On the other hand if you can put up a tall pole [say 50 to 75 feet high] along a stretch of the Commuter Rail ROW behind some older low [1 story or so] Industrial buildings where there will be less NIMBYist resistance -- you have the advantage of much greater coverage from above as the power levels are sufficient to reach out to at least 0.5km with good data handling characteristics @ 28 GHz *1

The important number from the table obtained from the paper is that @ 28 GHz you can achieve quite effective data transmission [3 GHz from the Cel Site and 0.3GHz back to the Cel Site from your modem at home or on the train] @ an operating distance of 0.5 km [Note that the model used to generate the table makes specific assumptions about foliage, atmospheric and weather and other losses outside of the 1/r^2 loss]

*1
Millimeter-Wave Communications: Physical Channel Models, Design Considerations, Antenna Constructions and Link-Budget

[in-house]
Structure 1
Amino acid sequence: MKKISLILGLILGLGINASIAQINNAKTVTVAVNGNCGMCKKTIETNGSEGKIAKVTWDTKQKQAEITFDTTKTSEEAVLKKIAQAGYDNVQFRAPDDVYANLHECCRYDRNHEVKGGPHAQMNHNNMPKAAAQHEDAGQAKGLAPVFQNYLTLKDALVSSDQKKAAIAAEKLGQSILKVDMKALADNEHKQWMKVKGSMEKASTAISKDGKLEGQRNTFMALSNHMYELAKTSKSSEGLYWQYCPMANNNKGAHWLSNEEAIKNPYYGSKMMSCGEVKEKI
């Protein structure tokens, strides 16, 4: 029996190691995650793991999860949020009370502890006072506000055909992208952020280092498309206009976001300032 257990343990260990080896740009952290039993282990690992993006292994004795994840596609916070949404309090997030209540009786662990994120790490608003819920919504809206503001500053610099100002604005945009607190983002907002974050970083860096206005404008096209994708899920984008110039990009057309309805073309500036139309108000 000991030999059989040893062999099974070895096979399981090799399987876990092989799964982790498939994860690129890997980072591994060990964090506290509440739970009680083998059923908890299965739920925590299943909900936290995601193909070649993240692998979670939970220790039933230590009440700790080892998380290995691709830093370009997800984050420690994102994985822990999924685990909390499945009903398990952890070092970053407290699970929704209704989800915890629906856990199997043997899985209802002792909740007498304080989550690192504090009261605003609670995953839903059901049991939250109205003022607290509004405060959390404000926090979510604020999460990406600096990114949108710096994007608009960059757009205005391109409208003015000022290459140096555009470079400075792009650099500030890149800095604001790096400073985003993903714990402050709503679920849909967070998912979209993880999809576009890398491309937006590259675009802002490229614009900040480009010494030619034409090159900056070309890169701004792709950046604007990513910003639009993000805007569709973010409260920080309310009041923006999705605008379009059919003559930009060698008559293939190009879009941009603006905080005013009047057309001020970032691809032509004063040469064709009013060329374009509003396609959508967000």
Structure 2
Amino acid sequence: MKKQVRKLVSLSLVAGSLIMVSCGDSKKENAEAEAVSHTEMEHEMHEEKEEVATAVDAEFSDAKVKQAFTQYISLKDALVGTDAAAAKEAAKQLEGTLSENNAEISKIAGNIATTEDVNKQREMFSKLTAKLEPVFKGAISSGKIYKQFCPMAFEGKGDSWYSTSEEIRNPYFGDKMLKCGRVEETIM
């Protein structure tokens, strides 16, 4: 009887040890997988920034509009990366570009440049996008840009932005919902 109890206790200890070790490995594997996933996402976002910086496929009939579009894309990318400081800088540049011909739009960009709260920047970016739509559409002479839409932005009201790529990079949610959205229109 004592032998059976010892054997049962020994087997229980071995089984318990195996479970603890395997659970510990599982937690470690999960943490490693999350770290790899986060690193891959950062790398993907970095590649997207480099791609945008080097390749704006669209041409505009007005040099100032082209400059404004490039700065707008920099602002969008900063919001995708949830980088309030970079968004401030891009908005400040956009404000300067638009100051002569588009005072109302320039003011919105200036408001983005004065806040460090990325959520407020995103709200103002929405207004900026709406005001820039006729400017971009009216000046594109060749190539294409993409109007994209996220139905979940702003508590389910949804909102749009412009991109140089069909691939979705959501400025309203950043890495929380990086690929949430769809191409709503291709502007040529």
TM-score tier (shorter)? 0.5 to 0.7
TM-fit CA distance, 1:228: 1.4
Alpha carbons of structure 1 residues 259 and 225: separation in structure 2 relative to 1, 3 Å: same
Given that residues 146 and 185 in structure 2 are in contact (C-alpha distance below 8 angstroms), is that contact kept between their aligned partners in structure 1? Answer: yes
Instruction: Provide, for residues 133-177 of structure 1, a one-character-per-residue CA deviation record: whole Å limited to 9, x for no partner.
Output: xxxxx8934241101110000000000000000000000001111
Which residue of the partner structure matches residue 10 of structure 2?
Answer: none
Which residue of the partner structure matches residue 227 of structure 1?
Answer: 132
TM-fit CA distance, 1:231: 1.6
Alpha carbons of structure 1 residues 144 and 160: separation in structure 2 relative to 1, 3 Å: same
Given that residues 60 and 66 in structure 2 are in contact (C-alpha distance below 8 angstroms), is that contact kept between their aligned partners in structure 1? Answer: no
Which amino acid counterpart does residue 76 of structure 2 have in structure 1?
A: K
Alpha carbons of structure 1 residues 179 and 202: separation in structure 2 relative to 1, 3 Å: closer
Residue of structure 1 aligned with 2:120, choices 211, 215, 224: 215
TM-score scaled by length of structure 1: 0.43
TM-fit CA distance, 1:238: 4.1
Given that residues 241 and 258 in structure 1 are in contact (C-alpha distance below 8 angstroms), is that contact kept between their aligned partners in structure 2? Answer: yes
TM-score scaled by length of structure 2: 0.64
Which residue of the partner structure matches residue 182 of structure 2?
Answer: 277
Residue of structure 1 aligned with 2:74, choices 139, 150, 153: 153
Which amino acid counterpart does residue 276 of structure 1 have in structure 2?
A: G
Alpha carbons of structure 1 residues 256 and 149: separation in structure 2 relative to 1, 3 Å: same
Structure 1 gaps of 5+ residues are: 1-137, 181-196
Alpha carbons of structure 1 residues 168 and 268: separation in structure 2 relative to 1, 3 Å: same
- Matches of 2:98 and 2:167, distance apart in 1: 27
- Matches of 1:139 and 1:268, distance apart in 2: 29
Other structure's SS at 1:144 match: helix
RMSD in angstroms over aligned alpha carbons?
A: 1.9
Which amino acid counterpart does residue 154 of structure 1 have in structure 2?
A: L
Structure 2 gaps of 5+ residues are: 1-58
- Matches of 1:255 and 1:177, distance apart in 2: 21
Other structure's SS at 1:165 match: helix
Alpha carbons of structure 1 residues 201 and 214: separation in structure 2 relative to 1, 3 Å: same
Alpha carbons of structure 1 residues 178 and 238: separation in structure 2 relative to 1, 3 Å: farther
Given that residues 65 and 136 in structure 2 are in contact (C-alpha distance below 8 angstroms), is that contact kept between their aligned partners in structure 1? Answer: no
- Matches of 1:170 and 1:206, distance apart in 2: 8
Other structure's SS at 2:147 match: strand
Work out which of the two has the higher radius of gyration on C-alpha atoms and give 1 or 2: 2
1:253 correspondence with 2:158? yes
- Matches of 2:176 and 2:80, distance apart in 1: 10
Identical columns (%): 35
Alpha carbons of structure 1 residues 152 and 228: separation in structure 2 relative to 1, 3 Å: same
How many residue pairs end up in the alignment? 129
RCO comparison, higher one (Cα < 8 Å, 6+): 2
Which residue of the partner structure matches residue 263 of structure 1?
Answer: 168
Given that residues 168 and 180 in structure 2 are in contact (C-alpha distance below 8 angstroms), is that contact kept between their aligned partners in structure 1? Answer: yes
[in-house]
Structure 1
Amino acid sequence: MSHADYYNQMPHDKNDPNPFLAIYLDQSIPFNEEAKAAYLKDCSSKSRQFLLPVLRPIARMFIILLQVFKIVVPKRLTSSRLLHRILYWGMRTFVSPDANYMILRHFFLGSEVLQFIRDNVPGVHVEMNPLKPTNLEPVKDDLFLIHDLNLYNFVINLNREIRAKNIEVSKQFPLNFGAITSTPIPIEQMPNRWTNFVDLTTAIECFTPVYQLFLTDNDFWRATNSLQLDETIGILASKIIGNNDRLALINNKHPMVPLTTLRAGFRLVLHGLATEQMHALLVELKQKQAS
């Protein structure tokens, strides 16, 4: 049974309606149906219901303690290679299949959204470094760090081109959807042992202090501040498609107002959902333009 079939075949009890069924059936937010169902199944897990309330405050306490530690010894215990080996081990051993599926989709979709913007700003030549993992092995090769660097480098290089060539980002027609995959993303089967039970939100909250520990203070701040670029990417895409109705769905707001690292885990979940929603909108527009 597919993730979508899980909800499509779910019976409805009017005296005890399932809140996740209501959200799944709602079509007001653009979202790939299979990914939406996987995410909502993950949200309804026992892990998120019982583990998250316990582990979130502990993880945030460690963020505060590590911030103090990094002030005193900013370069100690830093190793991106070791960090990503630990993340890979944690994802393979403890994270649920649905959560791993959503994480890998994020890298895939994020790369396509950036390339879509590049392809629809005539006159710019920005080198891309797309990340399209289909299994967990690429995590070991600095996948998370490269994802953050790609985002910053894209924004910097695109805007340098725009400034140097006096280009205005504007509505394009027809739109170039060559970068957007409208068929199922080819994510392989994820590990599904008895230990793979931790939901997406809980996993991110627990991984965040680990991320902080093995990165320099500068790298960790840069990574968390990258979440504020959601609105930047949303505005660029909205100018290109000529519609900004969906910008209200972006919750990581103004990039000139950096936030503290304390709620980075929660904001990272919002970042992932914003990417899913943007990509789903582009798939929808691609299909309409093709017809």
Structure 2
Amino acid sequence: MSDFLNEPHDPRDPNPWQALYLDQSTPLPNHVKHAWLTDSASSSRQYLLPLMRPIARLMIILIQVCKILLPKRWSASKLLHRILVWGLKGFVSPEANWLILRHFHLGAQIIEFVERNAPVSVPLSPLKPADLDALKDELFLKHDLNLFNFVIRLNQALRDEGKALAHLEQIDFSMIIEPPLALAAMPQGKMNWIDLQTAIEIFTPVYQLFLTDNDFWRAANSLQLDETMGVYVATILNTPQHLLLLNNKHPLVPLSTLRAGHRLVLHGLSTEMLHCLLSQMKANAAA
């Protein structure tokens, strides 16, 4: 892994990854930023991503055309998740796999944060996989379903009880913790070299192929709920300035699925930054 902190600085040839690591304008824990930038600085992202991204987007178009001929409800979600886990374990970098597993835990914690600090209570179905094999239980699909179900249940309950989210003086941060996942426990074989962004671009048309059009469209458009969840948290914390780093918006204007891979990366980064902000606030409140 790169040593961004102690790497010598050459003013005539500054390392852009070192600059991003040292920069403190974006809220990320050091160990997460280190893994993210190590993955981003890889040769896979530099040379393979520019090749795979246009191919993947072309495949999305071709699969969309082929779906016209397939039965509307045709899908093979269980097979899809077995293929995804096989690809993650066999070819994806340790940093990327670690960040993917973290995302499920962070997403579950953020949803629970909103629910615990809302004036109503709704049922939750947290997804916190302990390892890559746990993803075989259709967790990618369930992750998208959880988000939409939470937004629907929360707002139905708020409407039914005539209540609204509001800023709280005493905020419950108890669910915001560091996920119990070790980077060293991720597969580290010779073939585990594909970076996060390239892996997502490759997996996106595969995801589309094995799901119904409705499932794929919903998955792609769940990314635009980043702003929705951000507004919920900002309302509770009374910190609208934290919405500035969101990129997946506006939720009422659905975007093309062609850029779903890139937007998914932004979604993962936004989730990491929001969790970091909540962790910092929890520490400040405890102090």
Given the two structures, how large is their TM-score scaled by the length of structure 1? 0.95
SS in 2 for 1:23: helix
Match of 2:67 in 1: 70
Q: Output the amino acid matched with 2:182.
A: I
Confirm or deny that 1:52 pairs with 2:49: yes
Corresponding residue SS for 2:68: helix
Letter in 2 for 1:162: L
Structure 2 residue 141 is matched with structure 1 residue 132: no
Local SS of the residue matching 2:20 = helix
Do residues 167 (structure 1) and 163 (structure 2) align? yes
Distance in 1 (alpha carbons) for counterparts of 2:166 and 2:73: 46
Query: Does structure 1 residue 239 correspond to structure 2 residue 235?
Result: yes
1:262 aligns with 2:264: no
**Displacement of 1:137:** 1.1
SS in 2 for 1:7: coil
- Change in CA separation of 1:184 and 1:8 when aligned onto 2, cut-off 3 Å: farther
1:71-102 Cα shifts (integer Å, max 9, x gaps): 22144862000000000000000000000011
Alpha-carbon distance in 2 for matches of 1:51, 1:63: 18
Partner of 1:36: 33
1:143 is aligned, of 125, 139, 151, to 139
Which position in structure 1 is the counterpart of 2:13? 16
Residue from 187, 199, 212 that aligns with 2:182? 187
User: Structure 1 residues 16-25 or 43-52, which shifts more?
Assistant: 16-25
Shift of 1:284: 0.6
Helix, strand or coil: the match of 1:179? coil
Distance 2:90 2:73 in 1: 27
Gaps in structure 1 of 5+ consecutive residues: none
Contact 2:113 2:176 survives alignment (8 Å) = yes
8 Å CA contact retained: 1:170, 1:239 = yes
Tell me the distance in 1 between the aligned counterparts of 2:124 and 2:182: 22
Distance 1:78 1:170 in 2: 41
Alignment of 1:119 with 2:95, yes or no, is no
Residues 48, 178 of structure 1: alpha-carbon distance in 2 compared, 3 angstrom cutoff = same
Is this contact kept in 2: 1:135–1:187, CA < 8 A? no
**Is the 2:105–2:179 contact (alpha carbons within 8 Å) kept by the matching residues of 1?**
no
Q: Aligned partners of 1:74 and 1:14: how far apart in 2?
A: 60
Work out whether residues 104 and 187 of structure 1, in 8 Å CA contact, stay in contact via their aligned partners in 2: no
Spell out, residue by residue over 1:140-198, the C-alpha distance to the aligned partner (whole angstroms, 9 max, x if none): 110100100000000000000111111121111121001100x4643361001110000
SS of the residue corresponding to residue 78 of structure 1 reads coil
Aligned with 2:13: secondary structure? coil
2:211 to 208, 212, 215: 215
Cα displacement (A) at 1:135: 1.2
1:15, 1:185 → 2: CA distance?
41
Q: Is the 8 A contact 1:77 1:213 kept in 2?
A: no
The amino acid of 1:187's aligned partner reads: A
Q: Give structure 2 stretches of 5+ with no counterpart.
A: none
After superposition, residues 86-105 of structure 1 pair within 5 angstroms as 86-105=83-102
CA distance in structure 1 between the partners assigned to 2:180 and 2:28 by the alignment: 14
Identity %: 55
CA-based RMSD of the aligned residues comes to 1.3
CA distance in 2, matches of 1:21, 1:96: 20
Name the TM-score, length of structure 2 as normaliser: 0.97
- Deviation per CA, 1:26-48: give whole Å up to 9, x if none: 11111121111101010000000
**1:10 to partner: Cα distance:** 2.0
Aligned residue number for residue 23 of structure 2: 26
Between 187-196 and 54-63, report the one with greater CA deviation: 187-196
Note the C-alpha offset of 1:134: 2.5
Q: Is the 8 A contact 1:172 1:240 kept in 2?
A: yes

Ibrahim A. Hemadeh, Member, IEEE, Katla Satyanarayana, Student Member, IEEE, Mohammed El-Hajjar, Senior Member, IEEE, and Lajos Hanzo, Fellow, IEEE

Article in IEEE Communications Surveys & Tutorials · December 2017 DOI: 10.5258/SOTON/D0344

Link Budget
Downlink Uplink
Transmit power (dBm) 40.00 20.00
Transmit antenna gain (dBi) 25.00 17.00
Carrier frequency (GHz) 28.00 28.00
Distance (km) 0.5 0.5
Free space propagation loss (dB) 115.32 115.32
Other losses (shadowing, fading) 20.00 20.00
Receive antenna gain (dBi) 12.00 25.00
Received power (dBm) -58.32 -73.12
Bandwidth (GHz) 0.50 0.5
Thermal noise (PSD) (dBm/Hz) -174.00 -174.00
Noise figure 7 7
Thermal noise (dBm) -80.01 -80.01
SNR (dB) 21.69 6.89
Implementation loss (dB) 6.00 6.00
Spectral efficiency 6.20 1.2
Data rate (Gbps) 3.1 0.6
 

F-Line to Dudley

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OK...so, summarizing without the listicles:


The pretty tall towers the T installed for Positive Train Control and ran all that fiber cable out to: they make good WiFi and/or 5G mounts.

Which is probably exactly what they planned to do from the beginning, since pole real estate fetches reliable $$$ from telco companies who rent out mounts next to all the mission-critical public service stuff on the pole.

And this is all a generally agreed-upon good thing, we think.